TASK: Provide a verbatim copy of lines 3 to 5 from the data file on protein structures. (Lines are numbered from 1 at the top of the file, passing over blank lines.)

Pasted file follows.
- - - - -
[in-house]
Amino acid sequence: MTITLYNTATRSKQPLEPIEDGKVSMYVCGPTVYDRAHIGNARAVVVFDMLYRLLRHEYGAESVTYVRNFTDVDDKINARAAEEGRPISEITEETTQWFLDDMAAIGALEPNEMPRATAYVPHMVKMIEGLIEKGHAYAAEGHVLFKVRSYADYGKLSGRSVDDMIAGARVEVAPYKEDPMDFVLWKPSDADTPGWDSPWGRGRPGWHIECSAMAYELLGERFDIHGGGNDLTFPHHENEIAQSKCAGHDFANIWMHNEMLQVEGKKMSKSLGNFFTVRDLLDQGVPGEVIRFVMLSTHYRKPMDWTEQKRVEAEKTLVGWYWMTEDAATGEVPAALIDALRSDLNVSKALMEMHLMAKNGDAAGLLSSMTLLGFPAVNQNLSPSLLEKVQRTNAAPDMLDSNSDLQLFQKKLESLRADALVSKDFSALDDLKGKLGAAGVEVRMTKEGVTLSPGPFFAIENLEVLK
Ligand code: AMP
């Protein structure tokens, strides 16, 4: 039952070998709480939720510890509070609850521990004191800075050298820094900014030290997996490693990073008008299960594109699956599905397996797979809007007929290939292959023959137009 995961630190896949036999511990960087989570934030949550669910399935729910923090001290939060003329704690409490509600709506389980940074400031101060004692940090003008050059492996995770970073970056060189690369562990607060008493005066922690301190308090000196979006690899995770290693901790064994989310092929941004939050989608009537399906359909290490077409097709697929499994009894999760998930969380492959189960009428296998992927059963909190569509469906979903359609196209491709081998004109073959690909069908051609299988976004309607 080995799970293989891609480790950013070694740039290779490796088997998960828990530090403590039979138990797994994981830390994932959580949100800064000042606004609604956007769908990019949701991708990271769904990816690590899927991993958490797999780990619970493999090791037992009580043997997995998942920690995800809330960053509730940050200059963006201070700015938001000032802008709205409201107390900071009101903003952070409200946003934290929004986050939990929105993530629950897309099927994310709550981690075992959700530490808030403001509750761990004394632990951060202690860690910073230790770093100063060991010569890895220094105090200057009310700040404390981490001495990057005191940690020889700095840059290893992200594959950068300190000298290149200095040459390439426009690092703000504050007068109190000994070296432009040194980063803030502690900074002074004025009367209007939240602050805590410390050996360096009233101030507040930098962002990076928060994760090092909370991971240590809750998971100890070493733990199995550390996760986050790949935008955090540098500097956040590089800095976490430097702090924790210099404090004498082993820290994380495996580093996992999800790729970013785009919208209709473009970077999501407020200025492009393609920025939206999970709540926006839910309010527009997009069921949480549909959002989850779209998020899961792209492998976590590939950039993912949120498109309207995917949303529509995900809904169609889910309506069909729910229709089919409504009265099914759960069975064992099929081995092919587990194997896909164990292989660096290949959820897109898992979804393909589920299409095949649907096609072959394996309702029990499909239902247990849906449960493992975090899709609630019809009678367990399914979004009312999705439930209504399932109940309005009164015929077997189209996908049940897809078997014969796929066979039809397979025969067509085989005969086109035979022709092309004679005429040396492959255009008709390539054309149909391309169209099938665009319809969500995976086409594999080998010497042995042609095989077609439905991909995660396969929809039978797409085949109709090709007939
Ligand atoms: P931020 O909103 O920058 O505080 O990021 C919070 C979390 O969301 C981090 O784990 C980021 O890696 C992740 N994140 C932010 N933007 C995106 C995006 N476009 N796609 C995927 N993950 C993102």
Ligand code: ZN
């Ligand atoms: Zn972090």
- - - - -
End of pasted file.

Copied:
Ligand code: AMP
């Protein structure tokens, strides 16, 4: 039952070998709480939720510890509070609850521990004191800075050298820094900014030290997996490693990073008008299960594109699956599905397996797979809007007929290939292959023959137009 995961630190896949036999511990960087989570934030949550669910399935729910923090001290939060003329704690409490509600709506389980940074400031101060004692940090003008050059492996995770970073970056060189690369562990607060008493005066922690301190308090000196979006690899995770290693901790064994989310092929941004939050989608009537399906359909290490077409097709697929499994009894999760998930969380492959189960009428296998992927059963909190569509469906979903359609196209491709081998004109073959690909069908051609299988976004309607 080995799970293989891609480790950013070694740039290779490796088997998960828990530090403590039979138990797994994981830390994932959580949100800064000042606004609604956007769908990019949701991708990271769904990816690590899927991993958490797999780990619970493999090791037992009580043997997995998942920690995800809330960053509730940050200059963006201070700015938001000032802008709205409201107390900071009101903003952070409200946003934290929004986050939990929105993530629950897309099927994310709550981690075992959700530490808030403001509750761990004394632990951060202690860690910073230790770093100063060991010569890895220094105090200057009310700040404390981490001495990057005191940690020889700095840059290893992200594959950068300190000298290149200095040459390439426009690092703000504050007068109190000994070296432009040194980063803030502690900074002074004025009367209007939240602050805590410390050996360096009233101030507040930098962002990076928060994760090092909370991971240590809750998971100890070493733990199995550390996760986050790949935008955090540098500097956040590089800095976490430097702090924790210099404090004498082993820290994380495996580093996992999800790729970013785009919208209709473009970077999501407020200025492009393609920025939206999970709540926006839910309010527009997009069921949480549909959002989850779209998020899961792209492998976590590939950039993912949120498109309207995917949303529509995900809904169609889910309506069909729910229709089919409504009265099914759960069975064992099929081995092919587990194997896909164990292989660096290949959820897109898992979804393909589920299409095949649907096609072959394996309702029990499909239902247990849906449960493992975090899709609630019809009678367990399914979004009312999705439930209504399932109940309005009164015929077997189209996908049940897809078997014969796929066979039809397979025969067509085989005969086109035979022709092309004679005429040396492959255009008709390539054309149909391309169209099938665009319809969500995976086409594999080998010497042995042609095989077609439905991909995660396969929809039978797409085949109709090709007939
Ligand atoms: P931020 O909103 O920058 O505080 O990021 C919070 C979390 O969301 C981090 O784990 C980021 O890696 C992740 N994140 C932010 N933007 C995106 C995006 N476009 N796609 C995927 N993950 C993102």